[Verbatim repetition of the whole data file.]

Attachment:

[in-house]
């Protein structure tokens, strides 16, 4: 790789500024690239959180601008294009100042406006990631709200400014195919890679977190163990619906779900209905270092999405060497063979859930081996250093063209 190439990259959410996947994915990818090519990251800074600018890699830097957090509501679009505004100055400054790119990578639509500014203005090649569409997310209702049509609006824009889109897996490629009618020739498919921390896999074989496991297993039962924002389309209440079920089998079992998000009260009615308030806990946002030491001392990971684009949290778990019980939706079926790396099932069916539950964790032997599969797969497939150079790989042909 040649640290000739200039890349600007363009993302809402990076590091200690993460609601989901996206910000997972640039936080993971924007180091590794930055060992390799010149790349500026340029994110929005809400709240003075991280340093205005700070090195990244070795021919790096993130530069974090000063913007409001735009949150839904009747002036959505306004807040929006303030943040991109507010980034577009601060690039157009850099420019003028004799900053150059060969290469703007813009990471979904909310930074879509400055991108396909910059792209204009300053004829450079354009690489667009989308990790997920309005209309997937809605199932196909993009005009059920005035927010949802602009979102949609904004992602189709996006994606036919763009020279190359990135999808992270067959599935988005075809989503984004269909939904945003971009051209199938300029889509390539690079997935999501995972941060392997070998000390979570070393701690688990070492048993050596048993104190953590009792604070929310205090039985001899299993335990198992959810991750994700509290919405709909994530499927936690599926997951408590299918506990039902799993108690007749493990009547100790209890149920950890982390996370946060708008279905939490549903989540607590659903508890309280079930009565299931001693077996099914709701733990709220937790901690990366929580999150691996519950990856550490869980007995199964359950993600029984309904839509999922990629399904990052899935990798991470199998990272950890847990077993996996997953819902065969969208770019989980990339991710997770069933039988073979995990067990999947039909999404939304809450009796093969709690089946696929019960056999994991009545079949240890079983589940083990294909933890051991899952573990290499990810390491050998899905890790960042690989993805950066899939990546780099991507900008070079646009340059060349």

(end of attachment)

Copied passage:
[in-house]
């Protein structure tokens, strides 16, 4: 790789500024690239959180601008294009100042406006990631709200400014195919890679977190163990619906779900209905270092999405060497063979859930081996250093063209 190439990259959410996947994915990818090519990251800074600018890699830097957090509501679009505004100055400054790119990578639509500014203005090649569409997310209702049509609006824009889109897996490629009618020739498919921390896999074989496991297993039962924002389309209440079920089998079992998000009260009615308030806990946002030491001392990971684009949290778990019980939706079926790396099932069916539950964790032997599969797969497939150079790989042909 040649640290000739200039890349600007363009993302809402990076590091200690993460609601989901996206910000997972640039936080993971924007180091590794930055060992390799010149790349500026340029994110929005809400709240003075991280340093205005700070090195990244070795021919790096993130530069974090000063913007409001735009949150839904009747002036959505306004807040929006303030943040991109507010980034577009601060690039157009850099420019003028004799900053150059060969290469703007813009990471979904909310930074879509400055991108396909910059792209204009300053004829450079354009690489667009989308990790997920309005209309997937809605199932196909993009005009059920005035927010949802602009979102949609904004992602189709996006994606036919763009020279190359990135999808992270067959599935988005075809989503984004269909939904945003971009051209199938300029889509390539690079997935999501995972941060392997070998000390979570070393701690688990070492048993050596048993104190953590009792604070929310205090039985001899299993335990198992959810991750994700509290919405709909994530499927936690599926997951408590299918506990039902799993108690007749493990009547100790209890149920950890982390996370946060708008279905939490549903989540607590659903508890309280079930009565299931001693077996099914709701733990709220937790901690990366929580999150691996519950990856550490869980007995199964359950993600029984309904839509999922990629399904990052899935990798991470199998990272950890847990077993996996997953819902065969969208770019989980990339991710997770069933039988073979995990067990999947039909999404939304809450009796093969709690089946696929019960056999994991009545079949240890079983589940083990294909933890051991899952573990290499990810390491050998899905890790960042690989993805950066899939990546780099991507900008070079646009340059060349």